FORMULA OF CONCORD.
Preliminary History (§ 1).
Mediation of Jakob Andreä (§ 2).
The Formulas of Maulbronn and Torgau (§ 3).
The Formula of Concord (§ 4).
I. Preliminary History.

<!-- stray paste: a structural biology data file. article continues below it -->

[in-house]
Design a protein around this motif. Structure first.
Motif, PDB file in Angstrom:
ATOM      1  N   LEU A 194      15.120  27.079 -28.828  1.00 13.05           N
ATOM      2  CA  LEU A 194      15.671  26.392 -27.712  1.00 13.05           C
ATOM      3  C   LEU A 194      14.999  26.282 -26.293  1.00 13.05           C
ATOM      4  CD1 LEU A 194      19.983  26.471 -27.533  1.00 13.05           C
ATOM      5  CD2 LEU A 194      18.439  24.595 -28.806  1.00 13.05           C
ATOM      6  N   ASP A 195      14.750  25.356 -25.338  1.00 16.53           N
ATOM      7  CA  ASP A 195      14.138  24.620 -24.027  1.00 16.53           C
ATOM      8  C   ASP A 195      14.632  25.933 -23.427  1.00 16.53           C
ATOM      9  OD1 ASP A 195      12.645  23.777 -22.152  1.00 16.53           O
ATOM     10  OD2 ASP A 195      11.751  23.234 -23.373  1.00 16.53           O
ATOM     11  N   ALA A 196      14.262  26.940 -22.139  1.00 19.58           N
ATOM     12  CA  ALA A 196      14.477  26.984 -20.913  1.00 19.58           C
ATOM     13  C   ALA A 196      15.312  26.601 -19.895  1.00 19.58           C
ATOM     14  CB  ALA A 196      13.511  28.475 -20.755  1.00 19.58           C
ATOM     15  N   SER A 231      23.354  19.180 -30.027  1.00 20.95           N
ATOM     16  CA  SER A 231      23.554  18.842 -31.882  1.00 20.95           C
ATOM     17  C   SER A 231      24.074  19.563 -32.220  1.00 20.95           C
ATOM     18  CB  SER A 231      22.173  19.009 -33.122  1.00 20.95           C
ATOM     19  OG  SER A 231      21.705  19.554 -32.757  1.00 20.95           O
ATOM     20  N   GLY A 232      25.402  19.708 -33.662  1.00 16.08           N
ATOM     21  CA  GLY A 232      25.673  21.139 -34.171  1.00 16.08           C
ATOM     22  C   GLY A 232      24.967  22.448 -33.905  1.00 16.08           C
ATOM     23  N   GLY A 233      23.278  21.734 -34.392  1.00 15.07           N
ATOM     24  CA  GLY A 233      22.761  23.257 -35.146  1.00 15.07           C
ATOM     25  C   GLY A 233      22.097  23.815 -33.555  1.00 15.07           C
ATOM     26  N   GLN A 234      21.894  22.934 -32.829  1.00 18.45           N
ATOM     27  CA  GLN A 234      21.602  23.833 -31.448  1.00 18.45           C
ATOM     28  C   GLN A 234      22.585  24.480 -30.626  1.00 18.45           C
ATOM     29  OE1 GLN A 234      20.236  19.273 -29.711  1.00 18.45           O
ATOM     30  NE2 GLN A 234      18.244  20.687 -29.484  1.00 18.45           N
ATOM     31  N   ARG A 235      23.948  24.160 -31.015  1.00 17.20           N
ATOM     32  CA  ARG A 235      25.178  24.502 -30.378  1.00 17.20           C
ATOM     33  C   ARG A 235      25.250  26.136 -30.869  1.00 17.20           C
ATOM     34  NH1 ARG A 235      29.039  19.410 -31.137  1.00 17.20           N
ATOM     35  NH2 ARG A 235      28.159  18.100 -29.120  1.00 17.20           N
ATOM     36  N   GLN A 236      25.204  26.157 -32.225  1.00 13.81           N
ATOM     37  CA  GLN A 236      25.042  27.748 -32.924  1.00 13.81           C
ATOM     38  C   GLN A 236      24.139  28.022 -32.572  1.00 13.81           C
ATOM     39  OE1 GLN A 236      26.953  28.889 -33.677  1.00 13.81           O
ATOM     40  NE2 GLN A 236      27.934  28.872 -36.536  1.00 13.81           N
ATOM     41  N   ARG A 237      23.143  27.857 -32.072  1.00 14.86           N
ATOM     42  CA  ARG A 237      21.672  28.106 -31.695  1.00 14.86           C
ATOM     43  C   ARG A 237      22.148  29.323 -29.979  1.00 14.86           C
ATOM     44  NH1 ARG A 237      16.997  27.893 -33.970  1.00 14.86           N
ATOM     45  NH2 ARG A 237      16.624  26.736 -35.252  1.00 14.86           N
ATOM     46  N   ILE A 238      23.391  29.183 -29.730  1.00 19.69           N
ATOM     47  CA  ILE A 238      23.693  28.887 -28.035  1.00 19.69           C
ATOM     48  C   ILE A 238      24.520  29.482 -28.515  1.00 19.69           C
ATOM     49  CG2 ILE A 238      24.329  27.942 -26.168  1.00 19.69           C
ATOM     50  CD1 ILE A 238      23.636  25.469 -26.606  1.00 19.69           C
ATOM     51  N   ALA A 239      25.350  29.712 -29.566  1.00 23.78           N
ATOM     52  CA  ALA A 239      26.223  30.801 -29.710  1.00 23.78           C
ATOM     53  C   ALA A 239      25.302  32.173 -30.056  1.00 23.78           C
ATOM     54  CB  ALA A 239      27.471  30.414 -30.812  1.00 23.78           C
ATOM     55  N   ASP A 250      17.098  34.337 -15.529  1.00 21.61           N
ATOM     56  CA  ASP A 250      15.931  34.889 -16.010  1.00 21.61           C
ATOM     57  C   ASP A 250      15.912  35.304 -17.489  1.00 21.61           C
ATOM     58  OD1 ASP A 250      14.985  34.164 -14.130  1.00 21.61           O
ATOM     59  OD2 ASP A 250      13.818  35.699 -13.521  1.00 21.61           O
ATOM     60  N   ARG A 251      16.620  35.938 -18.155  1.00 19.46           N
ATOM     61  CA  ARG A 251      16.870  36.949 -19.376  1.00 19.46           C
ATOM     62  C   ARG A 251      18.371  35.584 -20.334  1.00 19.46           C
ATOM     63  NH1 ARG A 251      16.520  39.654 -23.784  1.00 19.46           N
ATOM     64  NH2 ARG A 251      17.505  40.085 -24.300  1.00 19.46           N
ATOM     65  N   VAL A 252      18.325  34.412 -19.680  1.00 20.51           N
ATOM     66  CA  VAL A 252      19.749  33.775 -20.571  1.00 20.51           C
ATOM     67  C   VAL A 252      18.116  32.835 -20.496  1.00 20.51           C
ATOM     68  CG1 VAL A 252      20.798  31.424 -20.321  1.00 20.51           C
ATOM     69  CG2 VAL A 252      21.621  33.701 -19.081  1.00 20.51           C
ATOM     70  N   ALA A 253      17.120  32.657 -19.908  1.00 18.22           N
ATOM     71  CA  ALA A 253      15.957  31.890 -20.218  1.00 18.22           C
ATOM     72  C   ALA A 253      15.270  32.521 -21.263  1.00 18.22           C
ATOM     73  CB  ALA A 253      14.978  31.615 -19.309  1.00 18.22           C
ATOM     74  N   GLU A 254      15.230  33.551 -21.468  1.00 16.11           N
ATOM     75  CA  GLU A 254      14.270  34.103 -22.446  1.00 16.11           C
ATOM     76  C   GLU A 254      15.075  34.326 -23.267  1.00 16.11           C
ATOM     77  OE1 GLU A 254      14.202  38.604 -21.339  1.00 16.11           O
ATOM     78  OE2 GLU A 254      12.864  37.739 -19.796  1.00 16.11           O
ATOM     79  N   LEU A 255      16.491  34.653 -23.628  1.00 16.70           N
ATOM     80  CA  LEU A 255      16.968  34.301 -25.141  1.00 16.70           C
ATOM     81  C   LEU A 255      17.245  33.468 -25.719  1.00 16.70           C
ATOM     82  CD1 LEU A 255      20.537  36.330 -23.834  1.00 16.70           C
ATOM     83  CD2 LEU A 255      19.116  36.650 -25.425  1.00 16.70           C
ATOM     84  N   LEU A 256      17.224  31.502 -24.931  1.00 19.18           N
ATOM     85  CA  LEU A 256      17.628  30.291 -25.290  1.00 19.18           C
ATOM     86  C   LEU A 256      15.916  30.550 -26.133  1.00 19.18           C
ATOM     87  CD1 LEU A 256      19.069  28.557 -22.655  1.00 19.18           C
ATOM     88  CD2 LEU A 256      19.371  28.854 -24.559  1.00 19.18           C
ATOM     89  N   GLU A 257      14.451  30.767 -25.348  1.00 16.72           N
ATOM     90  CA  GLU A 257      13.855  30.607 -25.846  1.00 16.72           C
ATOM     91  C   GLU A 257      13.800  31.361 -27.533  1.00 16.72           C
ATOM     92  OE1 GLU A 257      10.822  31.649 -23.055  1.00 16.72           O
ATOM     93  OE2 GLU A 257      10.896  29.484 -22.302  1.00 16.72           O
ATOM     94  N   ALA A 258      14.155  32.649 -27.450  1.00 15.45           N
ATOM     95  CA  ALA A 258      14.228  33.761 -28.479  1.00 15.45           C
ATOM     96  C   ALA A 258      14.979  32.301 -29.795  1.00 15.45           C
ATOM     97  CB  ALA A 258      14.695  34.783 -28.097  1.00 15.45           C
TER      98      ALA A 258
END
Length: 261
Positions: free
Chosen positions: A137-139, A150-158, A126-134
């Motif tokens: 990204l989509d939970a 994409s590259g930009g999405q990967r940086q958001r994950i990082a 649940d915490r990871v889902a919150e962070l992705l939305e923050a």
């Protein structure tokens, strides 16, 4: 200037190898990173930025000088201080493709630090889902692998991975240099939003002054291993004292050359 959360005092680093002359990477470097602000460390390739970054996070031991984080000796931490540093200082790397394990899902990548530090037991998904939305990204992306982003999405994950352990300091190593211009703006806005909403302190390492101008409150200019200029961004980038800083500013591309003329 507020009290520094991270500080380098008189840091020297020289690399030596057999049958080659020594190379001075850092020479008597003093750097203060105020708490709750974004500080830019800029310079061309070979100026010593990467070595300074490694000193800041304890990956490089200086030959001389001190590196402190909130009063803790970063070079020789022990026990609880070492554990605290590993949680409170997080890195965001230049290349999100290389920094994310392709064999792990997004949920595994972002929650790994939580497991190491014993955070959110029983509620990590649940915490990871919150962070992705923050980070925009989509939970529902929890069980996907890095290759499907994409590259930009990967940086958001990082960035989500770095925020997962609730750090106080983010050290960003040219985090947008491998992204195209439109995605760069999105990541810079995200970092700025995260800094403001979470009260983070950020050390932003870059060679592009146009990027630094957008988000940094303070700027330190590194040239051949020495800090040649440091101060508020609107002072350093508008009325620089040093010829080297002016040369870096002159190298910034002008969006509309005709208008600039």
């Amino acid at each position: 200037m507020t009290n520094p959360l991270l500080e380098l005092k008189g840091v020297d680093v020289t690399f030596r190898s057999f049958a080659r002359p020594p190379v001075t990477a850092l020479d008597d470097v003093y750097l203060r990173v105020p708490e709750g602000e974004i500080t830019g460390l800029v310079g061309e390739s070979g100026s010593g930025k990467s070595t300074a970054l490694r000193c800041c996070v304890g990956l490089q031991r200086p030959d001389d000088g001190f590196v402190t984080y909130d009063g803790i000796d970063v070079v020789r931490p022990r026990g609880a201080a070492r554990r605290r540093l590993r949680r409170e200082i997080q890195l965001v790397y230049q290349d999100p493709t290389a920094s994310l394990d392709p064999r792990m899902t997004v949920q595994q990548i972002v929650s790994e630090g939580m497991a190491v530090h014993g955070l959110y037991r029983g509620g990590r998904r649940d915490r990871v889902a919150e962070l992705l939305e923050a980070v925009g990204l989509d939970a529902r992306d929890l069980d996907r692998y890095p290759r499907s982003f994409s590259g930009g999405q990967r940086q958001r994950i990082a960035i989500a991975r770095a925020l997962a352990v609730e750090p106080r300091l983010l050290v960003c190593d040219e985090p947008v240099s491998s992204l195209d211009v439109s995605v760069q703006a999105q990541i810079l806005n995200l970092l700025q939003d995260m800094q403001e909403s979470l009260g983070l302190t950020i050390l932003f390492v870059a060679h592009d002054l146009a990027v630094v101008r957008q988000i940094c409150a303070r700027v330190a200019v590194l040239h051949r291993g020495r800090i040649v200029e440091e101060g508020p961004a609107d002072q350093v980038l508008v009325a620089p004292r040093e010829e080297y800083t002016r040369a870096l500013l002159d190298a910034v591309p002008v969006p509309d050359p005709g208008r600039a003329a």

The Formula of Concord is the last of the six confessional books of the Lutheran Church, forming the close of the Book of Concord. The Lutheran Church, from the beginning, has stood for pure doctrine; i.e., the doctrine of the three symbols of the ancient Church, of the Augsburg Confession (or more precisely of Luther,) and of the church and school of Wittenberg. Melanchthon dogmatized and thus externalized the authority of Luther; but he departed from Luther's doctrine. Thus, after Luther's death dissensions arose, and two opposite tendencies were developed. Both parties--the Melanchthonians or Crypto-Calvinists (see PHILIPPISTS) and the Gnesio-Lutherans such as Flacius (q.v.)--fell into extremes and exaggerations. Among the questions in dispute may be mentioned the Interim and the matter of adiaphora (after 1547); Osiander's doctrine of justification (after 1550); the Majoristic controversy (see MAJOR, GEORG) over the assertion of Major and Menius that good works are necessary for salvation and the opinion of Amsdorf that they are an obstacle to salvation (after 1552), and in connection with it the antinomistic controversy; the controversy on the Lord's Supper (after 1552); the synergistic controversy (after 1555); and the Christological controversies, which began in the early sixties. The idea of effecting an agreement between the two contending parties arose at an early time. In 1556 Flacius issued "lenient propositions" in that direction, but made them dependent upon a public confession of those who had erred. Melanchthon acknowledged his fault in regard to the Interim, but excused his attitude. The seriousness of the situation was generally felt at the Religious Colloquy of Worms in 1557 (see WORMS), when the Saxon theologians (i.e., the party of Flacius) questioned the right of their Philippist opponents to appeal to the Augsburg Confession. The Protestant princes tried to establish peace by the Frankfort Recess (q.v.) in 1558, at which the introduction of an official censorship of writings of a religious nature was decreed; but the adherents of Flacius successfully resisted all such attempts. At the Diet of Naumburg (1561), where an open Calvinist like Frederick III. of the Palatinate was the leader, the divergence in doctrine regarding the Lord's Supper became more evident than ever. It was felt that the Augsburg Confession was not a sufficient confessional basis. A convention at Lüneburg, for instance, demanded a corpus doctrinœ which should comprise, besides the Augsburg Confession, the Augsburg Apology, the Schmalkald Articles, and Luther's catechism, as well as his other writings. Such corpora doctrinæ arose now in different parts of the country. The Melanchthonians also produced a Corpus doctrinæ christianæ (Leipsic, 1560), in which they embodied chiefly works of Melanchthon. In this way fixed norms of doctrine were established. The next task was to establish a common corpus doctrinæ for the whole Lutheran Church of Germany. It was solved by the "Book of Concord" [the title of the Formula concordiæ in the editio princeps, 1580; this name was afterward reserved for the collection of all the Lutheran symbols], in which the different corpora doctrinæ found their consummation.